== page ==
During a four-hour siege beginning late Thursday, at least two robbers… (Irfan Khan, Los Angeles…)
The first 911 call came at 11:08 p.m. A panicked man told an operator the barest of details: Nordstrom Rack in Westchester. Two armed men. Robbery.
Police rushed to the sprawling Promenade at Howard Hughes Center, where a hostage drama was unfolding at the popular shopping center off the 405 Freeway.
During the four-hour siege, at least two robbers held 14 Nordstrom Rack employees hostage, forcing some to strip. Police said they savagely attacked three of the captives.
Hundreds of other people were stranded, most of them at a movie complex, while SWAT officers surrounded the mall.
The overnight events early Friday were marked by confusion. Relatives and even some of those stranded in the shopping mall relied on Twitter for scraps of information.
The families of the Nordstrom employees — 13 women and one man — learned they were safe only hours later.
"My sister finally called ... and asked if we could go get her at the mall," said the brother of a 19-year-old hostage who gave only his first name, Irwun. "She was scared. She didn't want to talk about it. She was terrified."
The LAPD called a citywide tactical alert for several hours as officials streamed officers into the area from across the city.
Detectives spent much of Friday sorting out what had happened at the Nordstrom Rack, which is near a Rubio's, a GameStop and a Rave Cinemas at the mall on Center Drive.
Police continued to search for suspects. Law enforcement sources said they were following several promising leads.
The gunmen apparently stormed inside about 10 p.m. Thursday, as the store was closing.
Two employees hid in the store bathroom, authorities said. The gunmen herded the rest into a rear restroom on the third level, according to dispatch audio posted on the Venice 311 server. There, at least two employees were told to strip.
One woman was dragged to a separate room, where she was sexually assaulted, police said. A second woman was stabbed in the neck, police said, and a third hostage was pistol-whipped.
After officers arrived, a vehicle with tinted windows and its headlights off peeled out of the parking garage. The driver wore a black hoodie and the passenger a white T-shirt, according to dispatch recordings.
"White SUV! White SUV! White Ford Explorer!" an officer barked. "High rate of speed leaving the parking lot!"
"Go pursue that vehicle!" another officer said.
They did, to no avail.
"We lost sight of that vehicle," an officer said over the radio. "We're going on the 405 north. I need other units to try Sepulveda. We don't know where vehicle is now."
The gunmen had escaped — though officers didn't know it at the time. They called in a SWAT team, which arrived about 1 a.m. The mall remained on lockdown — stranding at least 200 moviegoers at the cineplex.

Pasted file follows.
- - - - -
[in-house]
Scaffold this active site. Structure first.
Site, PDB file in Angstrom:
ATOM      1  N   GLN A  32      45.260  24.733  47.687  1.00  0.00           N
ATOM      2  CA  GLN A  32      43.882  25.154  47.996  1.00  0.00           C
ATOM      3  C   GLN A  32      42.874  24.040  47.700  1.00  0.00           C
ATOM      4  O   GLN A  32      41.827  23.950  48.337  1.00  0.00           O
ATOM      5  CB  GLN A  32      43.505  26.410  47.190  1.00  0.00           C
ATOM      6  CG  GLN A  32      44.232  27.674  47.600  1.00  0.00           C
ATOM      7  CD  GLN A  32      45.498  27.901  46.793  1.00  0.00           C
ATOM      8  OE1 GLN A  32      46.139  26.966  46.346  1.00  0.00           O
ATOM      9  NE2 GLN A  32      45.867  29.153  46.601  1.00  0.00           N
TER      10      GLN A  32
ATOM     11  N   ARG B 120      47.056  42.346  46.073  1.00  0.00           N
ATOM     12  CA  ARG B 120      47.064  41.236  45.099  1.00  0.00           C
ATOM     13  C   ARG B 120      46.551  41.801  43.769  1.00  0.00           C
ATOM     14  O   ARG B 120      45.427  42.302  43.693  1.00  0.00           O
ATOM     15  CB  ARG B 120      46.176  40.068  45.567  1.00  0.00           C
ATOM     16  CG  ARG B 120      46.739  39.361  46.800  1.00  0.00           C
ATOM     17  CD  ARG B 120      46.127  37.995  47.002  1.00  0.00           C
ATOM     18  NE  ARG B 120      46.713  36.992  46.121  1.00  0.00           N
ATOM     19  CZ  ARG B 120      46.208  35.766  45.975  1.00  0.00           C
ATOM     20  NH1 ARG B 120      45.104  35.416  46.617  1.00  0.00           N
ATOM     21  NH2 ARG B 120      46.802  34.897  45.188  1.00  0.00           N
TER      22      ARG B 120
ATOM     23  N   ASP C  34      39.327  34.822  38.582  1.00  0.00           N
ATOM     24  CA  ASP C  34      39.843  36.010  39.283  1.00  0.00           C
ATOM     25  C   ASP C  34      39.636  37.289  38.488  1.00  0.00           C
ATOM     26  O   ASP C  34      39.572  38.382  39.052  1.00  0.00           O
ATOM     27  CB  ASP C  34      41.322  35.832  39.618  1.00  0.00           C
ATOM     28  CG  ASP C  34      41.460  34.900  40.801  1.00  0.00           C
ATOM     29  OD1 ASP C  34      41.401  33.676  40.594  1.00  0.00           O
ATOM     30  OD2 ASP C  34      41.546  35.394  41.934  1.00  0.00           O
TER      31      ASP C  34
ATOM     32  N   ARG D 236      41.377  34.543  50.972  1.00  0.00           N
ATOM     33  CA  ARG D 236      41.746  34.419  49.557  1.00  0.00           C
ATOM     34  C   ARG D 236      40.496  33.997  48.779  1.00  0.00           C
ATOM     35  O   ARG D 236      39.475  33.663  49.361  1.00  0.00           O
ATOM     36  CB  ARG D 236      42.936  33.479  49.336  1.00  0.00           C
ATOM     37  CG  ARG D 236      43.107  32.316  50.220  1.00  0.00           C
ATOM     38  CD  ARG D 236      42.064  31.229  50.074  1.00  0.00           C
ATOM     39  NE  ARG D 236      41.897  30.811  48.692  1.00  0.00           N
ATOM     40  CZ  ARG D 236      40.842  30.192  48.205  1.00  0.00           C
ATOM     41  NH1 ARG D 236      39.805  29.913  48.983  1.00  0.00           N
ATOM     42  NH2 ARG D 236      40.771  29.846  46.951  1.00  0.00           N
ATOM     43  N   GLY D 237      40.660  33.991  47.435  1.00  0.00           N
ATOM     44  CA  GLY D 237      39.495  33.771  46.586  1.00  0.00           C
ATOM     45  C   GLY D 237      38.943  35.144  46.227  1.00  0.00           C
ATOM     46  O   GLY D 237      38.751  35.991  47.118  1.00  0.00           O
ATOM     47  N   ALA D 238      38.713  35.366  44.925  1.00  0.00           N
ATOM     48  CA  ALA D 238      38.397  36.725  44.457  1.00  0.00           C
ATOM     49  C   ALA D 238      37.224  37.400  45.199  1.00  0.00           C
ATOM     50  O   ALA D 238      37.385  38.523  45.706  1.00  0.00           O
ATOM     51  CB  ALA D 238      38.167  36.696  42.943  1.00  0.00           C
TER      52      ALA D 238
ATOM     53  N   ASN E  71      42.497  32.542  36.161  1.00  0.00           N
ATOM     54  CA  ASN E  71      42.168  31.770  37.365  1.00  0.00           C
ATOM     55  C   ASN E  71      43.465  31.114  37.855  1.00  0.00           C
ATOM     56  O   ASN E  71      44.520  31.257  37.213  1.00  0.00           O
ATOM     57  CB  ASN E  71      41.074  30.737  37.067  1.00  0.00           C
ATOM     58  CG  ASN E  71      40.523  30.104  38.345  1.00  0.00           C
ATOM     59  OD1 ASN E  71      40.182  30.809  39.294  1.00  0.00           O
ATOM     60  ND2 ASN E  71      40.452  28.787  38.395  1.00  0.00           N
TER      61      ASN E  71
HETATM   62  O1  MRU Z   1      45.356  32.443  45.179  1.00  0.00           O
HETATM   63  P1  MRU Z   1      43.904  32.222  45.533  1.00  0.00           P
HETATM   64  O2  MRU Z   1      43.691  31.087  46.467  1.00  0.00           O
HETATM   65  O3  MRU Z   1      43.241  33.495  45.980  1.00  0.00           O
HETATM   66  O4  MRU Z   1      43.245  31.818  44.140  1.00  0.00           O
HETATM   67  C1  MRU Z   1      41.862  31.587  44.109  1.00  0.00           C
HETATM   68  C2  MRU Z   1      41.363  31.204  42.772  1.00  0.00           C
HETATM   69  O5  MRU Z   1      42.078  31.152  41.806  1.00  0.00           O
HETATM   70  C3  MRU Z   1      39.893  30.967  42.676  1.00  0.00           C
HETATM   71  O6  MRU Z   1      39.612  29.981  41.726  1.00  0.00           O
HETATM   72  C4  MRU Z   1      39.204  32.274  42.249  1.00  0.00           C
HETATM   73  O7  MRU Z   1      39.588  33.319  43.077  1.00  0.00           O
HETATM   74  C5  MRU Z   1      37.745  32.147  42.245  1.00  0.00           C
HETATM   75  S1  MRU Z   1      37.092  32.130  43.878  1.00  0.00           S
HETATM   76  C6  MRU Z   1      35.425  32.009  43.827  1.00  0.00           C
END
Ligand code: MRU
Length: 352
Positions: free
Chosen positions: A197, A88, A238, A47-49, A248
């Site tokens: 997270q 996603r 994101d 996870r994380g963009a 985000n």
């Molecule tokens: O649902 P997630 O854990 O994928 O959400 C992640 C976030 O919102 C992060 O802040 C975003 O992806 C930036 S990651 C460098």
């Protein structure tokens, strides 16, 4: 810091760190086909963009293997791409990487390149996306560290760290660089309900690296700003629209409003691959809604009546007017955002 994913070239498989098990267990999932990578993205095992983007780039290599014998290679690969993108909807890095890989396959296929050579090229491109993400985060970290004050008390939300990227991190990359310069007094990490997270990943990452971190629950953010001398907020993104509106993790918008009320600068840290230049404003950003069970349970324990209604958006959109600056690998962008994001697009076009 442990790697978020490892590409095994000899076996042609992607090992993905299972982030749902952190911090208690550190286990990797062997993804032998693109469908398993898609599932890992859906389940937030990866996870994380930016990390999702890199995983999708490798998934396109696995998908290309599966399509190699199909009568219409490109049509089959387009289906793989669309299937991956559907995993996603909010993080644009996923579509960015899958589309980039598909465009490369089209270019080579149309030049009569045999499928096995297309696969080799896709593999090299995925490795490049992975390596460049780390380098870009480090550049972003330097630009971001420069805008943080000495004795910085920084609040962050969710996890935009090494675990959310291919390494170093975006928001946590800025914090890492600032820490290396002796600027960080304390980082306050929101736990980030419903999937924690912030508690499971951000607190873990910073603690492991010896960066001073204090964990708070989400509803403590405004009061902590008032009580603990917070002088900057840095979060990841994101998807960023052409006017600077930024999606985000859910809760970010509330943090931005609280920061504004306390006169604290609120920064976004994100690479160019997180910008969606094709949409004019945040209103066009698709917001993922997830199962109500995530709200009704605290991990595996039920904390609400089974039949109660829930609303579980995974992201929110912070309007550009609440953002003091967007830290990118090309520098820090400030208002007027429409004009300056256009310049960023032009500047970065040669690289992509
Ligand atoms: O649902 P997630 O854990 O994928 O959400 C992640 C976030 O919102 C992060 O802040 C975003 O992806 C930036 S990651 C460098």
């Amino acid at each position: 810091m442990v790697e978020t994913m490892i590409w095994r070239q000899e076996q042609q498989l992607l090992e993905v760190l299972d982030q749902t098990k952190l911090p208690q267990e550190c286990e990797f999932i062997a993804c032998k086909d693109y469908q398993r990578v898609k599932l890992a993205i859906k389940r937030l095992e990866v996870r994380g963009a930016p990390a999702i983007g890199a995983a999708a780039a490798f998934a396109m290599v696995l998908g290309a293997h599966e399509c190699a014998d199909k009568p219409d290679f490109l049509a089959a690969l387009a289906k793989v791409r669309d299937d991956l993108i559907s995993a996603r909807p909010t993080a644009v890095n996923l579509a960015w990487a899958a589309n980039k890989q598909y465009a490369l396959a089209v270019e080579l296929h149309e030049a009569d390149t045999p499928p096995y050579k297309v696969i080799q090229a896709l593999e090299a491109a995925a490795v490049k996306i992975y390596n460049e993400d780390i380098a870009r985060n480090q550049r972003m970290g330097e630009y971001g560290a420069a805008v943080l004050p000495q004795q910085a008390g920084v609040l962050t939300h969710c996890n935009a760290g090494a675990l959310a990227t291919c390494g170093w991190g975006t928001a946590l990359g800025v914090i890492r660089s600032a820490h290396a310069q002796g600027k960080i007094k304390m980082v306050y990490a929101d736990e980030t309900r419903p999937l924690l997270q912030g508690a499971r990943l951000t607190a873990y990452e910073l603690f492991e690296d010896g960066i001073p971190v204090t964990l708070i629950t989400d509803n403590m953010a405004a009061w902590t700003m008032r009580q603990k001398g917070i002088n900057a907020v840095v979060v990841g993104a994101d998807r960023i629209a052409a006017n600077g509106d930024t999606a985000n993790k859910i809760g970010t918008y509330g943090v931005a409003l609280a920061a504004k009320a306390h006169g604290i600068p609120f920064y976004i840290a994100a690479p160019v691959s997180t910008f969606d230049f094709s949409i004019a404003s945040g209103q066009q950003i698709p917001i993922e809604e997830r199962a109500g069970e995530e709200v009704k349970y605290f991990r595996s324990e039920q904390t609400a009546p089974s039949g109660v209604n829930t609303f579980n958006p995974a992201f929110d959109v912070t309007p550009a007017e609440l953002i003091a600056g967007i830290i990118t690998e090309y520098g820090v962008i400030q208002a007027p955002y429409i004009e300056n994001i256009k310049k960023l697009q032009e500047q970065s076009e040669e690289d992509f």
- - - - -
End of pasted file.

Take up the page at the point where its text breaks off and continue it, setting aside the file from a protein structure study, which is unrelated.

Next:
Simeon Campbell, 26, and two of his friends had gone to the 10 p.m. showing of "A Haunted House."
"It was funny until we got out," he said.
Theater employees told them the mall had been closed off but did not explain why. Some moviegoers were escorted to the second floor, where Campbell looked out a window.
"It became real when I saw the SWAT team," he said.
Some moviegoers munched on popcorn that theater employees handed out. Others tried to nap. Campbell paced, his head throbbing and his stomach in knots.
"What if they run in here? What if they have accomplices?" he said he thought.
The wait ended sometime before 3 a.m., when some of the Nordstrom hostages called 911, described their injuries and asked for medical aid, according to dispatch recordings. (None of the injuries were life-threatening, and by Friday afternoon the victims had all been treated and released).
Officers started to empty the mall. Irwun, whose sister had been held captive, was waiting outside in his pajamas. A few hours later, he sat at the LAPD Pacific Division station while his sister was interviewed by detectives. Their mother, Elin, rocked back and forth, wiping away tears. Irwun and Elin also work at the store.
"The theater in the mall is known for fights outside," Elin said in Spanish. "I was always afraid something like that would happen [to her daughter] when she worked late, but never this. I never thought something like this would happen."
Around 10:30 — more than 12 hours after the gunmen charged into the store — her daughter emerged from the interview room.
They hugged. Then they walked to their car, Elin clutching her daughter's arm.
Times staff writers Richard Winton, Nicole Santa Cruz, Adolfo Flores, Andrew Blankstein and Frank Shyong contributed to this report.